“It’s no secret I’m a believer in creating a much more democratically elected government in the city of Portland,” Strimling said. “That means an executive, elected mayor with the ability to implement the budget, passed by the City Council.”
Strimling said that would give the mayor and council more authority to be “a truly legislative body” capable of enacting progressive policies like clean elections, immigrant voting, increased police oversight, and other things he advocated for last spring ahead of the Charter Commission election.
Strimling said the previous Charter Commission ultimately created a power dynamic that has failed the city.
“The current charter doesn’t work,” Strimling said. “They need to step back, we need to step back, and do it right. The last Charter Commission tried to cut the baby in half.”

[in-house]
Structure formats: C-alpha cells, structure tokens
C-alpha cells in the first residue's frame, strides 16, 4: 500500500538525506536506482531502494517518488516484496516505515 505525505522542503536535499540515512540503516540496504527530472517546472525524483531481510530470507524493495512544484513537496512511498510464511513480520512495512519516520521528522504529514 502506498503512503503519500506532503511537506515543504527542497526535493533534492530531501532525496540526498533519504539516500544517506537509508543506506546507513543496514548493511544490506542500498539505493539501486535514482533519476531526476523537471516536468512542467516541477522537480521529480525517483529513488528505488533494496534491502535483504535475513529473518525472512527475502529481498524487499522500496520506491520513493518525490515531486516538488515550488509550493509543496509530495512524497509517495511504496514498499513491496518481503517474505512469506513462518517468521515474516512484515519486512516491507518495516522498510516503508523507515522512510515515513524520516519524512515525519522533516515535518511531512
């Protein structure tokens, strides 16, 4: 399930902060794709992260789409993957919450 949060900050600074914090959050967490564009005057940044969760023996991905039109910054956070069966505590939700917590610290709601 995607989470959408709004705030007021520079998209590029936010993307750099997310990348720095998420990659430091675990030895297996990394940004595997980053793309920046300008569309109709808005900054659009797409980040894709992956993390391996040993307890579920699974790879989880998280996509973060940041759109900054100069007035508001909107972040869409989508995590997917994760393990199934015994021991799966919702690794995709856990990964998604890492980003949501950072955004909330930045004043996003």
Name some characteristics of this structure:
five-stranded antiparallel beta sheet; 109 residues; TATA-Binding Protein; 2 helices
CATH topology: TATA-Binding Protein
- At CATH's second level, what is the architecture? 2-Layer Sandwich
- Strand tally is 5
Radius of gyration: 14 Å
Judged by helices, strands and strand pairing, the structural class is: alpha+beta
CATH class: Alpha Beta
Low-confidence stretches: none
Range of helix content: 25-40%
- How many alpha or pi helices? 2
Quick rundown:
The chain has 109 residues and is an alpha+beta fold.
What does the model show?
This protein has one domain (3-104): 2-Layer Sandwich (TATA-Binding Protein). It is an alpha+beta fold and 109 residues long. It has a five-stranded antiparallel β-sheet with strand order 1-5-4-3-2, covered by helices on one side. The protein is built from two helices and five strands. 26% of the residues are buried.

Strimling said the last commission “created this tangled web we have” with a manager who has too much power, “with zero accountability,” and where residents inaccurately believe they have a strong mayor.
“That is a recipe for disaster, as we’ve seen,” Strimling said. “And a recipe for policies that are not reflective. We’ve seen pretty clearly in the city that people want us to be much more aggressive about the policies we implemented.”
Strimling said various issues promoted by People First Portland last fall – when four of five progressive policies passed via referendum – were issues he proposed as mayor, only to be rejected by the council.
“It was a very stark moment, and I think what would be good is to create a charter that reflects the will of the people better,” Strimling said, “and give us a government that reflects the needs of the people better.”